Eggs are so natural it’s not even funny. As long as you don’t patronize chickens that are fed food chock full of antibiotics or amply treated with pesticides, eggs are close to a perfect food. Lately there is a movement back to older, simpler times, and, if the local ordinances permit, many people keep a few chickens of their own, not so much for the meat but for the fresh, delivered daily eggs. Full of protein and vitamins and low in carbs, there isn’t anything bad about eggs. Contrary to the movement against eggs a few years ago, the cholesterol in eggs is not what causes high cholesterol in humans. That, sadly, must be blamed on processed foods, sugars and fats, all found in abundance on the shelves of your local supermarket, not in a barnyard.
I am not personally aware of who put these two foods together for the first time but it’s a marriage made in heaven - although the knot was probably tied on a farm!
When my wife isn’t coming home and I feel like I can risk eating something devilishly divine, I make bacon & eggs.
Here’s my recipe (not so much a “recipe” but preparation guidelines for optimal gustatory ecstasy).
10 slices of bacon (not the thick cut variety)
3 eggs (I prefer jumbos)
Seasonings (salt, black pepper)
This is just about as minimalist as you can get. You will need a large, 11 inch diameter minimum sturdy skillet. Cast iron skillets are perfect. Heavy chef type frying pans are good. Teflon light weights just won’t cut it.
* Place the skillet on the stove over a moderately high flame and once it is heated lay in 10 (no more even though you may be greedy) strips of bacon. Get them sizzling and turn down the flame so they cook slowly and evenly. You’ll have to turn them a few times but try not to crinkle them up. They will crinkle on their own as they brown.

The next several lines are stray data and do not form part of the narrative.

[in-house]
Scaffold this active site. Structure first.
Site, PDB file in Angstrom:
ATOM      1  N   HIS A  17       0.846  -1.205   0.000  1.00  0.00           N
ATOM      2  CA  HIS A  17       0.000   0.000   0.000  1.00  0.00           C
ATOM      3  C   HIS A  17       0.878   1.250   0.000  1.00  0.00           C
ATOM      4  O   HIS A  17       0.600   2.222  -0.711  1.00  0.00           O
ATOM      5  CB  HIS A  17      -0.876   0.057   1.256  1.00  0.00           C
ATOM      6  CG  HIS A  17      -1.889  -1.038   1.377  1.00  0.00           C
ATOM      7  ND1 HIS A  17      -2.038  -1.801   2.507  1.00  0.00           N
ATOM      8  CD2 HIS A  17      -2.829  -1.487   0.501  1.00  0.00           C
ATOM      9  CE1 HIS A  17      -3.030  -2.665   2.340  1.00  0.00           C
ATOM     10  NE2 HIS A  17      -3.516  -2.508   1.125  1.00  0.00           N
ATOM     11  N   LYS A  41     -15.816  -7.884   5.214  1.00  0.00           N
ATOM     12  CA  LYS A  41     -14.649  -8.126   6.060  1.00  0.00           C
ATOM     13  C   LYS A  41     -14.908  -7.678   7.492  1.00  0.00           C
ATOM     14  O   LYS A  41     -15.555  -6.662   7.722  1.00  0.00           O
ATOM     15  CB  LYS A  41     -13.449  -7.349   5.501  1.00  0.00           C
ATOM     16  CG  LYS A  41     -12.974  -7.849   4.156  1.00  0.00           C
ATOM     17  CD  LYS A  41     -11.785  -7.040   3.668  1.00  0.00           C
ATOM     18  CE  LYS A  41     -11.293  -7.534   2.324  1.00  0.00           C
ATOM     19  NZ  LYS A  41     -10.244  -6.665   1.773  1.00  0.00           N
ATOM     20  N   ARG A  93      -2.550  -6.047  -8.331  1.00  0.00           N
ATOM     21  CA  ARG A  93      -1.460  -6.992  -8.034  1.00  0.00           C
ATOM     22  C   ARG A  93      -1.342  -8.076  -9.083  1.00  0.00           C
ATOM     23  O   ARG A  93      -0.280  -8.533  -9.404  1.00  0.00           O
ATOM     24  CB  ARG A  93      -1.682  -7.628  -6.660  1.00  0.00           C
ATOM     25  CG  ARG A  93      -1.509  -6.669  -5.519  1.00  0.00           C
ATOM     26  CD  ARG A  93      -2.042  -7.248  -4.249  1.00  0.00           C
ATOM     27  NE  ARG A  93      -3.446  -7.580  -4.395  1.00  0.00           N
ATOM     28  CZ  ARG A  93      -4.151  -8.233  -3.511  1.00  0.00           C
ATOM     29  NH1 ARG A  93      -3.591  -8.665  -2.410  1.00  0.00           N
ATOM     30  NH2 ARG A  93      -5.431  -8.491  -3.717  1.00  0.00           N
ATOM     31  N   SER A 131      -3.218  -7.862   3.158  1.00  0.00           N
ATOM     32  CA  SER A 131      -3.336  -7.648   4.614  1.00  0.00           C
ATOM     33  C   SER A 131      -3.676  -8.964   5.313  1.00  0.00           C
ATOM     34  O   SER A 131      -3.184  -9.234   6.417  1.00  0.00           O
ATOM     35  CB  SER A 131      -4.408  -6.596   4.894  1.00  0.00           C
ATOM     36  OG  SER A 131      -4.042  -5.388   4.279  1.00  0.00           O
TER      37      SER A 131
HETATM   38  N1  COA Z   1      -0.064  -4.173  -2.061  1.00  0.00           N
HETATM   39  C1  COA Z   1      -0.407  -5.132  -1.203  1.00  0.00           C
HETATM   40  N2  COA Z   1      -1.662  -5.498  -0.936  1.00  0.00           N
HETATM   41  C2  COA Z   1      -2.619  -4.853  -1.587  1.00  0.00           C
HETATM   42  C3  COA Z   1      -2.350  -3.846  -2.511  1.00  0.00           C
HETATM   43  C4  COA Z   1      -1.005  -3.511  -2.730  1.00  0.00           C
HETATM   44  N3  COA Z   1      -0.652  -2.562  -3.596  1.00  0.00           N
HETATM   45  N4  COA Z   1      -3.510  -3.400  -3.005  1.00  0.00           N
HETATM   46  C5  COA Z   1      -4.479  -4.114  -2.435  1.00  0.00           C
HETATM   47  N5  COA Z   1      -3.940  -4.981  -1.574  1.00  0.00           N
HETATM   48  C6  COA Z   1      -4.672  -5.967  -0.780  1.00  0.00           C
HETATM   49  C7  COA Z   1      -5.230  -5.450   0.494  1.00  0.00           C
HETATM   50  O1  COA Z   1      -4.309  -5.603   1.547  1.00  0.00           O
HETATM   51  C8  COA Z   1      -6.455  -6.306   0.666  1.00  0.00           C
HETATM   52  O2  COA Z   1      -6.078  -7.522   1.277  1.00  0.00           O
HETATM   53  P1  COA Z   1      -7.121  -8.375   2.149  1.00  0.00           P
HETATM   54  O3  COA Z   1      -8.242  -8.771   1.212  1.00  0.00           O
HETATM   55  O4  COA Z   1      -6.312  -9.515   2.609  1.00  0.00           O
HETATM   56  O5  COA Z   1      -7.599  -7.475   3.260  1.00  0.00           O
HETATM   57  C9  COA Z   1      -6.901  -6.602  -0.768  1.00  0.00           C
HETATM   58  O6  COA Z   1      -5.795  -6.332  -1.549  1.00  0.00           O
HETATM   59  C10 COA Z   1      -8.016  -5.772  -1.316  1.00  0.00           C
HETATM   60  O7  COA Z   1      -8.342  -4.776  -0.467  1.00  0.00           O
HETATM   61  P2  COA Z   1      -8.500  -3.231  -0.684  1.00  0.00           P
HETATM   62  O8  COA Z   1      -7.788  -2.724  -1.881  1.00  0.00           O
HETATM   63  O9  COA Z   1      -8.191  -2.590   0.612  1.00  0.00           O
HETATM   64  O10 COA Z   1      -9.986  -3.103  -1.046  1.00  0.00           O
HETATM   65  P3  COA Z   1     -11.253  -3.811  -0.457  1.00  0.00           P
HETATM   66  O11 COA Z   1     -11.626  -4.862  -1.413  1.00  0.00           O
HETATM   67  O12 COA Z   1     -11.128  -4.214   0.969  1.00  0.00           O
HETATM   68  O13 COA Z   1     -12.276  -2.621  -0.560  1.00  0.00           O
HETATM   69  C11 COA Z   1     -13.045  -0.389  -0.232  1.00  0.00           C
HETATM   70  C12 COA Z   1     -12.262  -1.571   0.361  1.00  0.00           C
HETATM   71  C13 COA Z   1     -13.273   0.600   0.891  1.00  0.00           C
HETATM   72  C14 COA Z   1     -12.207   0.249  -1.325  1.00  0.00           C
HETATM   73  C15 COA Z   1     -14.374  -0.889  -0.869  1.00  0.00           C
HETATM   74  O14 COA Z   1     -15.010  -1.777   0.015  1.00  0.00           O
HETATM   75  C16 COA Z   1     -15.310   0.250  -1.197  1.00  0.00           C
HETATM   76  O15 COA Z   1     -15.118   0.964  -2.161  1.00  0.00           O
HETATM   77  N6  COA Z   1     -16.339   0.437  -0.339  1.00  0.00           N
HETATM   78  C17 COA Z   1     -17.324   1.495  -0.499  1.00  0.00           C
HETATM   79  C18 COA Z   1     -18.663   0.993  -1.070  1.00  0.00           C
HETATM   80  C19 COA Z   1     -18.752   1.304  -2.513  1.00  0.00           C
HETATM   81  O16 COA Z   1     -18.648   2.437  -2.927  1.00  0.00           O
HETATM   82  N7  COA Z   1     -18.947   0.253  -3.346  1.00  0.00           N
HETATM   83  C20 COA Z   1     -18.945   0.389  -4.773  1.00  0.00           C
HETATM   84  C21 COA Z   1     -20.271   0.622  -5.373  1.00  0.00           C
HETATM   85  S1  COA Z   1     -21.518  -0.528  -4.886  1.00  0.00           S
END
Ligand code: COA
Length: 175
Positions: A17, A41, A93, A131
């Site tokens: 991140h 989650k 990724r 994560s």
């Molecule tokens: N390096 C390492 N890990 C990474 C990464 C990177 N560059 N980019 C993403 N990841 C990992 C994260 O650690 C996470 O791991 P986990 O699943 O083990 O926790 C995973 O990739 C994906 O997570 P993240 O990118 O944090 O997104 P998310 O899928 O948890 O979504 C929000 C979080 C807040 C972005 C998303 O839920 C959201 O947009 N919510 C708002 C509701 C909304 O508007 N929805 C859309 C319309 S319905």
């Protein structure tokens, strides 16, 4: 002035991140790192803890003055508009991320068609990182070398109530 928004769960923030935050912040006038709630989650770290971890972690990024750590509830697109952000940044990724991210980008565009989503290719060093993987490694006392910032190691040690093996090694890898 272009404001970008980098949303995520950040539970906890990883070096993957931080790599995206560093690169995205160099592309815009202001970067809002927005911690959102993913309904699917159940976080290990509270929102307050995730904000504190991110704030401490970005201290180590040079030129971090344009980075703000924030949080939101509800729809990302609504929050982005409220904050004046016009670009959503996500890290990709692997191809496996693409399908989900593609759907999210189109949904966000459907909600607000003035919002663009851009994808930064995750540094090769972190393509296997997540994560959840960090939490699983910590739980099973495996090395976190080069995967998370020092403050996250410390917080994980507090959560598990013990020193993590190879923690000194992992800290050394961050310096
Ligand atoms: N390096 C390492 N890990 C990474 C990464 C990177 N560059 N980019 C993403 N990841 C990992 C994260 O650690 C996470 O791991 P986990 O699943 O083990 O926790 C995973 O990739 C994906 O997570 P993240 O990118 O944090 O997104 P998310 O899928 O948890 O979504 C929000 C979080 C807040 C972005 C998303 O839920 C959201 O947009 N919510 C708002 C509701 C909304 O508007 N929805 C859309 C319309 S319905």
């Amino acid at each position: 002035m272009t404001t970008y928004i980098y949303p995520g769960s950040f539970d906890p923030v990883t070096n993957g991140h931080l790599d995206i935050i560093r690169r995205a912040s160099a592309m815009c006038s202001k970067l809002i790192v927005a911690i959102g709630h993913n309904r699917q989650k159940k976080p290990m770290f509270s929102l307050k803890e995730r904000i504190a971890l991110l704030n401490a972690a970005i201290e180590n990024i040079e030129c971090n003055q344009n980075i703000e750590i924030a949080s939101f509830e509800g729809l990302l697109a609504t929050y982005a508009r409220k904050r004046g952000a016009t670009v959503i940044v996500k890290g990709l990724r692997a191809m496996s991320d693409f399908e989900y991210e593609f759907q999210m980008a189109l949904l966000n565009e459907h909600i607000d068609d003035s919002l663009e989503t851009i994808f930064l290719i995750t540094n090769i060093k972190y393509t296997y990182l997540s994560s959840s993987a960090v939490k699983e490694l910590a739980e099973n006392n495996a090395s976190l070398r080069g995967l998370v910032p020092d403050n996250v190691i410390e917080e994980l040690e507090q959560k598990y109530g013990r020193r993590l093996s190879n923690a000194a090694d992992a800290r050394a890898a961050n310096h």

* Cook the bacon to your desired crispiness. I do not recommend charring it although some people like it that way. Once the bacon is done pour off most, but not all of the bacon grease. Leave about 1/4 of the grease in the pan and return it to the stove.
* Once the skillet is heated again push the bacon to the edges and crack the three eggs, one at a time, into the middle of the pan. The pan should be hot enough for the egg whites to begin cooking immediately. I prefer them “sunny-side” up but you can flip them at the end if you like. The eggs will merge with the bacon and at some point you will have one shiny mass of meat and egg whites and yolks.
* Salt and pepper to taste.
* Remove from the skillet and place on a dish. Eat with pieces of crusty bread (avoid the temptation to make a sandwich out of this delicacy although you can do that some other time!) dunked in yolk if you like.
You’ll need plenty of napkins. Being alone for this meal you may opt to grab a magazine or a newspaper to read while eating. I definitely advise against this. Before you know it you will have gorged yourself on this treat without having savored its taste.
A variation on this, and not one that often presents itself, is doing the exact same things as above but over an open camp fire in the fresh air on a cool morning. That is an experience you will not soon forget.
So, there it is. Promise you will not prepare this meal too often but savor it when you do.